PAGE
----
From the founder of an e-discovery firm to restaurateurs, foreign-born business owners explain how they have made it in America.

NABIH YOUSSEFPrincipal • Nabih Youssef Associates

When did you arrive in the United States, and why did you come?

I came to the United States from Egypt in March of 1969 to attend graduate school.

Did you intend to return to your native country at the time?

Maybe sometime in the future.

Do you now?

No; I will always enjoy visiting with family and vacationing. However, most of my family and friends, my children and their families, and my professional activities are very well established here.

Why did you start your business in the United States instead of your native country?

I developed my education and professional practice in structural earthquake engineering in California. Therefore, it was natural to start my business here.

What’s the worst thing about starting and running a business in the United States?

The unlimited opportunities, and the extreme potential for new scientific and technical concepts, can take time away from your family.

What’s the best thing?

The open and very rewarding professional opportunities.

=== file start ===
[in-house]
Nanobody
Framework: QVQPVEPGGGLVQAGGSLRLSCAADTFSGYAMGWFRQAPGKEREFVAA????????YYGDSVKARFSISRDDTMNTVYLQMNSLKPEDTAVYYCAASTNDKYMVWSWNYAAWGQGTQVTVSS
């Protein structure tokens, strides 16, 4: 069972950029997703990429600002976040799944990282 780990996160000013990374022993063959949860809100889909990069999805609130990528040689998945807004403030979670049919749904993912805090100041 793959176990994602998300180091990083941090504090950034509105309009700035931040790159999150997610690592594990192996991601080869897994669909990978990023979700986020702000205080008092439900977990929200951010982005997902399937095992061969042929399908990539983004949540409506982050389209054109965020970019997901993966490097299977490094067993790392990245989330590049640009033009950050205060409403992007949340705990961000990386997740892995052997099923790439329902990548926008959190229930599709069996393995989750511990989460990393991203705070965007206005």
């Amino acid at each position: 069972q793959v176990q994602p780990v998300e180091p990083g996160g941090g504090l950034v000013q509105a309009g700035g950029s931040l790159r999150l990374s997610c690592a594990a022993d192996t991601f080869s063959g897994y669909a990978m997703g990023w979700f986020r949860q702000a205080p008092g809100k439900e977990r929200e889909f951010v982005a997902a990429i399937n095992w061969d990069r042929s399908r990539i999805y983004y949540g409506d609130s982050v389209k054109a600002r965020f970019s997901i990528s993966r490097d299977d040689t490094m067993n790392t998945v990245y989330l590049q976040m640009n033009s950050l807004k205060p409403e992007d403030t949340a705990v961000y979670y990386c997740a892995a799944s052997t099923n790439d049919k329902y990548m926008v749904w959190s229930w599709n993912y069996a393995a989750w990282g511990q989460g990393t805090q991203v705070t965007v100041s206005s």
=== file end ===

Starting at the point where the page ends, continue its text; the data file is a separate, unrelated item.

What were the biggest surprises?

Being selected to seismically strengthen L.A. City Hall, the Coliseum and being selected to engineer the hotel at L.A. Live.

Would you tell someone from your native land to start a business there or here?

In the U.S.

What advice would you give someone from there about starting a business here?

Develop your technical and professional skills, and maintain the highest level of integrity.

Do you go back often?

On average, once every three years.

What was your view of the United States when you were growing up?

The United States was known as the land of freedom, excellence in education and research with great resources.

Did reality match your expectations?

Yes it did, and beyond my limited knowledge at that time.

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